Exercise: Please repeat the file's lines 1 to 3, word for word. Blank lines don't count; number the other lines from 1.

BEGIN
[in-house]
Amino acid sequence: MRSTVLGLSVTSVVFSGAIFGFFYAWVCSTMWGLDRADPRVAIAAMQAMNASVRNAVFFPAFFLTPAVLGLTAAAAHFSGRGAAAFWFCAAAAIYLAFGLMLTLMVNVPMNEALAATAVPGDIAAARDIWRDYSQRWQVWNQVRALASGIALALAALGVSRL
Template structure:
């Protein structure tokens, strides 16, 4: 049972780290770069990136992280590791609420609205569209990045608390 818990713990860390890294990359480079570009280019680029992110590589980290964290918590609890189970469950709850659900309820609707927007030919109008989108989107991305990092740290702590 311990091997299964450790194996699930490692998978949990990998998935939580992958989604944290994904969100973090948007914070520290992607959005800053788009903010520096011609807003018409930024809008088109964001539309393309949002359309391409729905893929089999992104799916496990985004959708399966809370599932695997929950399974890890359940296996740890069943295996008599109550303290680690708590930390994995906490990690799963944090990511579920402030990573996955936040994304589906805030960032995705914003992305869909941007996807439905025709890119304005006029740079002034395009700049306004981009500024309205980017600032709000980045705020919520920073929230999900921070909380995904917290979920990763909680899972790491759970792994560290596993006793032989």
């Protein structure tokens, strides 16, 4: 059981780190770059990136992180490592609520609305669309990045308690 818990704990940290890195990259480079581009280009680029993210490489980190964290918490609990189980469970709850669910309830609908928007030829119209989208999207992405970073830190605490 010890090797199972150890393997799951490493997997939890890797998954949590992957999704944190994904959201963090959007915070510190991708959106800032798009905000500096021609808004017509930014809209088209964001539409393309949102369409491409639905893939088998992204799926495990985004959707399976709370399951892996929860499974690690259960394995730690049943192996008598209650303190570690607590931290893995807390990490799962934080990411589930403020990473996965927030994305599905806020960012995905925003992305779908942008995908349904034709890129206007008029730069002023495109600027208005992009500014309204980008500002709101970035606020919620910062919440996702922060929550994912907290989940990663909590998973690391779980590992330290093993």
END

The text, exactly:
[in-house]
Amino acid sequence: MRSTVLGLSVTSVVFSGAIFGFFYAWVCSTMWGLDRADPRVAIAAMQAMNASVRNAVFFPAFFLTPAVLGLTAAAAHFSGRGAAAFWFCAAAAIYLAFGLMLTLMVNVPMNEALAATAVPGDIAAARDIWRDYSQRWQVWNQVRALASGIALALAALGVSRL
Template structure: